I've got one of these:
What external DAC are you using or have you used?
I could go with:
- USB out to a USB DAC
- USB out to a USB->S/PDIF converter to an S/PDIF DAC
- optical S/PDIF out of the motherboard to an S/PDIF DAC
My preference would probably be in that order.
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What Kegobeer said...I have one as well, and its flawless for my use currently.
Only thing its missing is 4 channel sound output...but I can always get a second one and play round with ASIO if it comes to it. But for 2 channel audio, at that price, it works a damn treat, and its USB powered, so you only need one cable running out to it, and its small enough to stash anywhere (I have it stuck to the top of the Amp with double sided tape under my front seats, which means there is a 25cm RCA cable as the total analogue length, there is no interference at all)
I haven't compared it to any other DAC's, I don't have the funds to obtain others, and I haven't got any mates into the SQ side of audio who might have some floating round.
I did compare it to a Sound Blaster 128, and the onboard sound on my Intel D945GCLF2, and it hands down beat them into submission. I think most of it came down to the highter output voltage on the USB DAC (I think mine is rated at 2V from memory...but it was a long time ago that I looked at it!).
Not sure on the mode that is used either.
If you would like a 5.1 setup, I'd go wit the HD Audio Rush at http://www.amazon.com/gp/product/B005D8YTKQ. I've tried USB DAC and the main issue with them is NOISE. You can get rid of the noise with simple modifications to the device (i.e. grounding the signal returns to the ground plane). If not using a center channel (device does not "phantomize" center like Windows), you can configure the HAR for 2.1. I keep mine powered at all times. My sound quality is much better using the DAC over anything I've tried. It doesn't have the limitations with onboard sound cards and it doesn't have the volume issues most USB sound cards have.
Last edited by besjr69; 10-05-2011 at 07:09 AM.
This is very interesting. Could you elaborate on what other sound cards you used before the Sewell?
I was just about to pull the trigger on 2 inexpensive 2ch DACs to replace my new mb and Xonar PCIe card which requires a $40 riser to fit in my case.
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I initially used the onboard soundcard's analog outputs. I had a time getting rid of the alternator whine, but could never get rid of the noise internal to the MB. Next I tried a cheap 7.1ch USB soundcard off of Amazon. Again, garbage due to the wired USB connection (ground travels everywhere) back to the PC. Plus, since USB carries and unbalanced signal it was just as susceptible to noise as the analog setup, no advantage. Finally, I purchased the Sewell and hooked it up to the toslink output of the MB. The idea behind the Sewell is the same as what Sony employed with its XES systems (mid '90s) and some of the outboard DACs you can purchase for high-end car audio systems. I'm just doing it cheaper with very few limitations. I would recommend it. If you don't like it, you're only out $70 + plus the cost of an optical cable depending on the location of your PC. Mine is up front so I had to get a 15 ft cable. It comes with a 3ft cable.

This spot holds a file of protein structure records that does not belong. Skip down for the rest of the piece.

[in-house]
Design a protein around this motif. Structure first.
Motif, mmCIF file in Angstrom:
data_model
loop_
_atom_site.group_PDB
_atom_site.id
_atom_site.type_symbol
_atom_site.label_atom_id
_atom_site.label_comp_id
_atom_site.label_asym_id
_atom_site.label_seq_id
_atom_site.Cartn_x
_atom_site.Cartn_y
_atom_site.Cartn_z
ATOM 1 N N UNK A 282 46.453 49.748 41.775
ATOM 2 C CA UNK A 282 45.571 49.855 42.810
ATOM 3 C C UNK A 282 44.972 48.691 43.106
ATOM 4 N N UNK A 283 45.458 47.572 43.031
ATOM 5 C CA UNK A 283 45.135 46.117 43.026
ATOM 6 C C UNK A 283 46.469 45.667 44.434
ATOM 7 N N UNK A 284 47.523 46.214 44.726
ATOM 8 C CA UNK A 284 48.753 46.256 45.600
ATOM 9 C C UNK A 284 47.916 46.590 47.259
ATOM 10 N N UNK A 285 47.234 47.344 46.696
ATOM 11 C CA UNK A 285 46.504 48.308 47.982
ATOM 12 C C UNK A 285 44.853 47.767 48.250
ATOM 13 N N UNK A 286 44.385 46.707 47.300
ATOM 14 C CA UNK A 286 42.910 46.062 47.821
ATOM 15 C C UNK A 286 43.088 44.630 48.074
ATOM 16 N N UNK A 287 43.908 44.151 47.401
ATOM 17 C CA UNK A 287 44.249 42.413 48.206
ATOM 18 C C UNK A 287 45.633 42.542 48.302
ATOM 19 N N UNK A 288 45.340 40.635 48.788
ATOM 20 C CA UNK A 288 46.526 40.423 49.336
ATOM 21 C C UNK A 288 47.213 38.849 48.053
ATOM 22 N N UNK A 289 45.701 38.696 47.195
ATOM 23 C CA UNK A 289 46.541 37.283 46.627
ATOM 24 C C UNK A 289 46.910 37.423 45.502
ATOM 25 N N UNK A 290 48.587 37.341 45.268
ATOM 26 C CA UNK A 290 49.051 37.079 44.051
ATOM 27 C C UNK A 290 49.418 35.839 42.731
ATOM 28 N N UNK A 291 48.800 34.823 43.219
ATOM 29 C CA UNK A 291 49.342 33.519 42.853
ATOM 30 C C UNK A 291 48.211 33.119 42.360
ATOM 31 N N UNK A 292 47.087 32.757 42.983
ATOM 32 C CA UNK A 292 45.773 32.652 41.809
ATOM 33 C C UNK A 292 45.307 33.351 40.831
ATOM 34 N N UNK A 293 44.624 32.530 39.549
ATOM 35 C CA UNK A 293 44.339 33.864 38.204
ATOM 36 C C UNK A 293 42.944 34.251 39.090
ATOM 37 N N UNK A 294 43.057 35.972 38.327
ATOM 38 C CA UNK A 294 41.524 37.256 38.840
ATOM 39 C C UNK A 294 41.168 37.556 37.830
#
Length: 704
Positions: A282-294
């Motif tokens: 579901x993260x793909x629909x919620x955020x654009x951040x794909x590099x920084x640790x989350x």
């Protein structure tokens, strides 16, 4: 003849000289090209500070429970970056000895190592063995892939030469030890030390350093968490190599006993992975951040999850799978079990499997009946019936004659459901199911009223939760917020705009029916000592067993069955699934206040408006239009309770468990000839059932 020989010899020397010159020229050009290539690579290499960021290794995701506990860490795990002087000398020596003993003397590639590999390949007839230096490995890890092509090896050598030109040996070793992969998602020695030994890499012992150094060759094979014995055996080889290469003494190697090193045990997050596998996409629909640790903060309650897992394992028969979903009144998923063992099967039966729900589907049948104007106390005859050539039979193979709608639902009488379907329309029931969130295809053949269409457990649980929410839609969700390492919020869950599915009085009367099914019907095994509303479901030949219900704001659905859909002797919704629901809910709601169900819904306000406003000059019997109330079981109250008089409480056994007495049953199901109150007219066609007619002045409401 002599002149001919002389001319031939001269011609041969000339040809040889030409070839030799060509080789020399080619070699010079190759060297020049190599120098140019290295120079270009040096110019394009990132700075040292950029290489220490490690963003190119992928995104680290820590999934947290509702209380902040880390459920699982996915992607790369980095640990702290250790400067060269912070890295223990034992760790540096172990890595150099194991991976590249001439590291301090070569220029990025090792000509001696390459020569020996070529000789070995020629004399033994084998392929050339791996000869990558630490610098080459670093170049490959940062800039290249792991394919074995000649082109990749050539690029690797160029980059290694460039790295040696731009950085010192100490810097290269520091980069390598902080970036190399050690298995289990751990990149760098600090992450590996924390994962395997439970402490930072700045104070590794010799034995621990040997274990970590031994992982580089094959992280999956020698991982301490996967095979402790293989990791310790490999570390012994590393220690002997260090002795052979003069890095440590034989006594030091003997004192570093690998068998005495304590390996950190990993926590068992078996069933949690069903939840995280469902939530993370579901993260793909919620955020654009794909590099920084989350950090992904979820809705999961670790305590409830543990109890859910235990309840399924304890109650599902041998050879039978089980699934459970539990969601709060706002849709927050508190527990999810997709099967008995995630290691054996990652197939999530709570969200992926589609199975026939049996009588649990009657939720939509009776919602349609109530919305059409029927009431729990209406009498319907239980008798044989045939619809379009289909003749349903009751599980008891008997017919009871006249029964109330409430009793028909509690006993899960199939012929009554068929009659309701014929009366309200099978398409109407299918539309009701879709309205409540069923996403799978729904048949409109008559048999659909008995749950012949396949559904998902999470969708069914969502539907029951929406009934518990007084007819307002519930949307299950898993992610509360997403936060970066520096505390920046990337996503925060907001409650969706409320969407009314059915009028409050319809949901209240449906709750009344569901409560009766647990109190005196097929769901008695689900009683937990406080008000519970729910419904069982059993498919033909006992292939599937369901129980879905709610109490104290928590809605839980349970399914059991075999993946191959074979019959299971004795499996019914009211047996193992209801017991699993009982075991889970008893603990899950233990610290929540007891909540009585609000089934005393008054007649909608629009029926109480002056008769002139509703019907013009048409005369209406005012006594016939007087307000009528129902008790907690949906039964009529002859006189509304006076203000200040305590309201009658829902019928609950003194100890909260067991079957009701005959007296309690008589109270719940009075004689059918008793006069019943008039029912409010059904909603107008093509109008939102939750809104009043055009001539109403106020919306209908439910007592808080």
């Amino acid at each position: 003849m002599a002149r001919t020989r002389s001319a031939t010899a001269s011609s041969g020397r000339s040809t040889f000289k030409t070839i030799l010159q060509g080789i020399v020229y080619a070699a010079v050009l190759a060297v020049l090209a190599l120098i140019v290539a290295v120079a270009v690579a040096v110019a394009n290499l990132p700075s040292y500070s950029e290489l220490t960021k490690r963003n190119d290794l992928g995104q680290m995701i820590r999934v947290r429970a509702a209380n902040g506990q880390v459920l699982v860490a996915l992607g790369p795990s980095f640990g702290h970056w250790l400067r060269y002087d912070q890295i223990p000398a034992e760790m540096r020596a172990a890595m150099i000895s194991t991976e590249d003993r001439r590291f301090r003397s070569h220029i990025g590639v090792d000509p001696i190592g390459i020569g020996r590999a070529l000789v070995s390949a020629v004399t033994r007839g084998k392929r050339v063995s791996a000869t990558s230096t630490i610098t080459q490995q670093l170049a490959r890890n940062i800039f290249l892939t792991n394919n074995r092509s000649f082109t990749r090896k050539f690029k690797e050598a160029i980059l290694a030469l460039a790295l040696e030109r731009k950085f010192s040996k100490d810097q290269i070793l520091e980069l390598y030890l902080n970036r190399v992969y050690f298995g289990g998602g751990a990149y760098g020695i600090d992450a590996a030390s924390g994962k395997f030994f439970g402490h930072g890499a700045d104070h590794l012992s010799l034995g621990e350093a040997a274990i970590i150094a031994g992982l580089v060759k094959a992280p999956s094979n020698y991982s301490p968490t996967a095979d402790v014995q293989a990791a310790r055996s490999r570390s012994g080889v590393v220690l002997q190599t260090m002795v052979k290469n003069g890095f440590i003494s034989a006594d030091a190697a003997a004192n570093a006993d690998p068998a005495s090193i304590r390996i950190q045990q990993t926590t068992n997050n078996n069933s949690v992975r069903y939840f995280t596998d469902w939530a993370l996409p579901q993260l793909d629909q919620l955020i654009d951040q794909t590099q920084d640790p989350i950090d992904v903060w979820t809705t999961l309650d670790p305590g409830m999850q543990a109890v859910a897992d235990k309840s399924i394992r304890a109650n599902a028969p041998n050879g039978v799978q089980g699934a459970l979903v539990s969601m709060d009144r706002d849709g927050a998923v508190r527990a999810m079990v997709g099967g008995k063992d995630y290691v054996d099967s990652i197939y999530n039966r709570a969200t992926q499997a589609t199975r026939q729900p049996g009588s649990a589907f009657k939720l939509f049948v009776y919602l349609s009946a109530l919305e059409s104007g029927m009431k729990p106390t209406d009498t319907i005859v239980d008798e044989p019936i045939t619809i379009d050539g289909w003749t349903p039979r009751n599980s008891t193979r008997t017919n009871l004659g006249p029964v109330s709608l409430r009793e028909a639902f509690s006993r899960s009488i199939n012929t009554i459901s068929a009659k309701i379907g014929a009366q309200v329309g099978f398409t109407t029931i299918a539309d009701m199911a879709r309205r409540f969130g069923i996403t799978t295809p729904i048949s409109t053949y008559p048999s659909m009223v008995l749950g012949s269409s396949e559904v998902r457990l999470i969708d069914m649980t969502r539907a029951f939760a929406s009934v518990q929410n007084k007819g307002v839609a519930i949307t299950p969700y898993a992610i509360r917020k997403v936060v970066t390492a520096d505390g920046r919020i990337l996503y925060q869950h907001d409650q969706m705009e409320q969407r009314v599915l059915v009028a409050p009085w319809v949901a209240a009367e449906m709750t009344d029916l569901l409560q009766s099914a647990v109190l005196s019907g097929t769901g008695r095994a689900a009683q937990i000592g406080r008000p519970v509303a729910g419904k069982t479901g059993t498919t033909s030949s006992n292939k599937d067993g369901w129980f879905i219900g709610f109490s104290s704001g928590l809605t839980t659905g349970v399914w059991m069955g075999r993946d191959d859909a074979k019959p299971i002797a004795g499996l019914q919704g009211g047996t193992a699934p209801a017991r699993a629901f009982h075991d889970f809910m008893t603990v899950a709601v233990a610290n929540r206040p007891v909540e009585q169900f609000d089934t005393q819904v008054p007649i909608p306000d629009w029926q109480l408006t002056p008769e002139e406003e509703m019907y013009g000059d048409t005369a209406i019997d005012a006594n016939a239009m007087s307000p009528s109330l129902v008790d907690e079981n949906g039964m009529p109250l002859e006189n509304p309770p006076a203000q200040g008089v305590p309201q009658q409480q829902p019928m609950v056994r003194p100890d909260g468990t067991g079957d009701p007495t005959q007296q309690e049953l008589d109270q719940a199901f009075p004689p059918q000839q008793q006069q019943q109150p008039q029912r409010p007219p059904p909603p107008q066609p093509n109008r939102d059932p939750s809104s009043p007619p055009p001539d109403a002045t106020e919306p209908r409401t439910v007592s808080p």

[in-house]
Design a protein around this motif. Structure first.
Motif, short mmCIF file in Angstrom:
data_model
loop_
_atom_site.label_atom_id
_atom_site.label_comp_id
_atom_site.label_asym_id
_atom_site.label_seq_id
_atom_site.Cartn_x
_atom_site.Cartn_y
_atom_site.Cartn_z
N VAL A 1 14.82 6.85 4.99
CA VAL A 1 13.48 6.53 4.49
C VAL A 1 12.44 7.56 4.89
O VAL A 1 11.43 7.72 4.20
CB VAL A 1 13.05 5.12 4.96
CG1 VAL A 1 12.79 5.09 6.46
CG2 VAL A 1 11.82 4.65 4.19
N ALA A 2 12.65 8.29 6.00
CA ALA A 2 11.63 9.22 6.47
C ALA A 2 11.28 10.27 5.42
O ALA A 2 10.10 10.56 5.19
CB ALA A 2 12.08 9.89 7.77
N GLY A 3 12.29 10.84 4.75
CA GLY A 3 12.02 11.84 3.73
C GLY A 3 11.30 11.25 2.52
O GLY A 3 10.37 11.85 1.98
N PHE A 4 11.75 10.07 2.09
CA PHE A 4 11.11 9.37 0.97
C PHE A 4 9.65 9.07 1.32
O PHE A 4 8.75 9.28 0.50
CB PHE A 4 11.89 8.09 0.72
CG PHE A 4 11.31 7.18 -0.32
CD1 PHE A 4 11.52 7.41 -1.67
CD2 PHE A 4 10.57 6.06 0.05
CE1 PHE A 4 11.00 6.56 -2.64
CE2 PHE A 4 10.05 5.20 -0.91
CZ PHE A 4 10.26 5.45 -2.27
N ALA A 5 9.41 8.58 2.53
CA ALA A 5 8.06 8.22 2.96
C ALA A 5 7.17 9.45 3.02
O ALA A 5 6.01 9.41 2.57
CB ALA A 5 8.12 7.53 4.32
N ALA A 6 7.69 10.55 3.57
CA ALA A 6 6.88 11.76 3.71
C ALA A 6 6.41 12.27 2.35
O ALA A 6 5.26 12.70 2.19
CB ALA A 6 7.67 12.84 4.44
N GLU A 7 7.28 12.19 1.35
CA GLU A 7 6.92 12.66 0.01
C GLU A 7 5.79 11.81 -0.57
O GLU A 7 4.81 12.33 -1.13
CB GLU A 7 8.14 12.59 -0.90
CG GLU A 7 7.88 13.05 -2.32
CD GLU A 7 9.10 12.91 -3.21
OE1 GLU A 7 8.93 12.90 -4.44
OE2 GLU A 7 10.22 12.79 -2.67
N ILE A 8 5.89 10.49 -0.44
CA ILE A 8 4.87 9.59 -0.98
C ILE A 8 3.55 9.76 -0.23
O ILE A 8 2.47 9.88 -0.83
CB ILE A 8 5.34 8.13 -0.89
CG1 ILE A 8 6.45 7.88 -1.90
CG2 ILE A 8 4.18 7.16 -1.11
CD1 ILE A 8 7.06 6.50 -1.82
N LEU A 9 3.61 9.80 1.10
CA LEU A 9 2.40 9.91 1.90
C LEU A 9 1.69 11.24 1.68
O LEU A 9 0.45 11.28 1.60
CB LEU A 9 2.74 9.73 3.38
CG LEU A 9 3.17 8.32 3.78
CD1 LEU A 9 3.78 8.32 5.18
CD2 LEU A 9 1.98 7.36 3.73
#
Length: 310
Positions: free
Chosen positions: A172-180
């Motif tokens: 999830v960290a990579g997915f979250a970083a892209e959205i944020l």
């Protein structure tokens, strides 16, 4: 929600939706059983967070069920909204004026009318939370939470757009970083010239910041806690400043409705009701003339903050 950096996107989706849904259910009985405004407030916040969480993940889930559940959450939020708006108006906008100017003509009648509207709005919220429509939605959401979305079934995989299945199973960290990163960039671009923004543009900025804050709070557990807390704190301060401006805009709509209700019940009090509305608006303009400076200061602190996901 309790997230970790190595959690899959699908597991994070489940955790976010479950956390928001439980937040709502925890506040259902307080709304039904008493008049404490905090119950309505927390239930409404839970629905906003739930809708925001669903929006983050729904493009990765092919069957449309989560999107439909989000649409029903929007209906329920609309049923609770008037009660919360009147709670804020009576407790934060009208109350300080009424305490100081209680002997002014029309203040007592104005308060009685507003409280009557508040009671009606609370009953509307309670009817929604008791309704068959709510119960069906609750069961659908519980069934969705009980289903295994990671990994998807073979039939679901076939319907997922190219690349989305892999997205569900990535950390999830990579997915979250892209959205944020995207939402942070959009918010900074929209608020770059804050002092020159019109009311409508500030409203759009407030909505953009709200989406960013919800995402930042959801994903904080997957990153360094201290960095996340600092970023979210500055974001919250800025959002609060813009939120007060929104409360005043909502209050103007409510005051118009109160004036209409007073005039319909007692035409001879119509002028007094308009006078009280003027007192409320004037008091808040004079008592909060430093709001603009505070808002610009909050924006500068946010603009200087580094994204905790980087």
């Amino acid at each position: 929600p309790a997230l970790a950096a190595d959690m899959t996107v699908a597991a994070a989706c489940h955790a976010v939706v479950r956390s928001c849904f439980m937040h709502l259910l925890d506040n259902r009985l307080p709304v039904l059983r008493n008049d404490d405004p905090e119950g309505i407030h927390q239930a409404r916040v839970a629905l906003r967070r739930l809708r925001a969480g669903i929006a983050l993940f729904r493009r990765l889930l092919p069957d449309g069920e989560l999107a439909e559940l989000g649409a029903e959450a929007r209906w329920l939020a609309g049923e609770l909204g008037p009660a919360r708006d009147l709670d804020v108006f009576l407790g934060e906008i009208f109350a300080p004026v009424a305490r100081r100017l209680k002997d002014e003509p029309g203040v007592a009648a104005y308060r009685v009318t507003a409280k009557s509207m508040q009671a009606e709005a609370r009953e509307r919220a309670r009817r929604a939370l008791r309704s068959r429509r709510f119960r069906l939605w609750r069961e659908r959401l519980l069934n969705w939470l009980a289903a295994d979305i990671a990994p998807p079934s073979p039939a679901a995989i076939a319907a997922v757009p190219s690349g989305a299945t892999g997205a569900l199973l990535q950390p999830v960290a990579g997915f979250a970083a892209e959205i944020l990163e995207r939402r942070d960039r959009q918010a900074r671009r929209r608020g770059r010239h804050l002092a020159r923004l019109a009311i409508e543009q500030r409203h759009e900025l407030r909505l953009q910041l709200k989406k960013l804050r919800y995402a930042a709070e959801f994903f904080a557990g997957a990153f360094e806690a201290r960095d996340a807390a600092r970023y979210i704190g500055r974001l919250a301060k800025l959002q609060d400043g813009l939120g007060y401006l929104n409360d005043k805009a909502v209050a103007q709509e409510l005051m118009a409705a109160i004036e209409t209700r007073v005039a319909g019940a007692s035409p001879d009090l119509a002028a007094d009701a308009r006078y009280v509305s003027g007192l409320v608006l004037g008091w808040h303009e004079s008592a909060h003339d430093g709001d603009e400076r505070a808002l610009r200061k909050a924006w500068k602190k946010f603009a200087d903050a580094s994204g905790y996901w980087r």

NOTE: The Sewell is a 9VDC device. You will have to either build a 9VDC regulator or purchase the items i listed in my first post. Also it is highly recommended you power it off of the same 12VDC and Gnd used on your amplifier. This is the main cause of ground loops in an automobile. There's a lot of scientific explanations for this, but simply any audio system should share the same GND reference point.
Hope this helps
Last edited by besjr69; 10-25-2011 at 06:33 PM.
Heads up, not many USB soundcards work in pairs or threes! Or even none of them do who kows. I like both the Native Instruments Audio 2 DJ (may have other name by now) and the Music Streamer 2 by High Resolution Technologies. Audio 2 DJ ist great but I got clicks with ASIO4All. Onboard HD Audio was reliable but I got noise and loss of bass definition. After years and years of trouble and unreliability with ASIO4All, Virtual Audio Cable and Console as a VST Host, I now use a Helix P-DSP as a 6-Channel DAC, Crossover and Time Alignment. (It has 8 channels). I can finally reliably adjust the volume with an analog pot, something nearly impossible with a computer. I get noise free operation and using the optical link too. Audio under Windows 7 is not as bad as it used to be, but overall it's still a mess if you ask me. I'm mostly talking about clicks and dropouts, inability to resume after sleep and incompatibility with some of the higher sampling rates.
Last edited by JuniorGeezer; 11-13-2011 at 09:42 PM.
imo, it is the software you use that makes it worthwhile-- i own console and audio mulch, and there is a night and day difference between the two-- console had driven me nuts almost to the point of dropping the carpc... console is supposed to be intelligent about picking up the audio cards and displaying them in a single output panel, where AM allows you to specify which output is routed to which sound card. i never had very good luck with asio4all, though vac is working flawlessly for me(i just use the direct sound driver because i can't hear a difference between a4a and it). i only have a a temporary stutter every now and then, and that is due to my wireless card not being connected to a network. if i disable that, my audio has zero issues.
if you have a lot of pops and clicks, then you might want to run a program like DPC latency checker to make sure that your pc is capable of doing everything.
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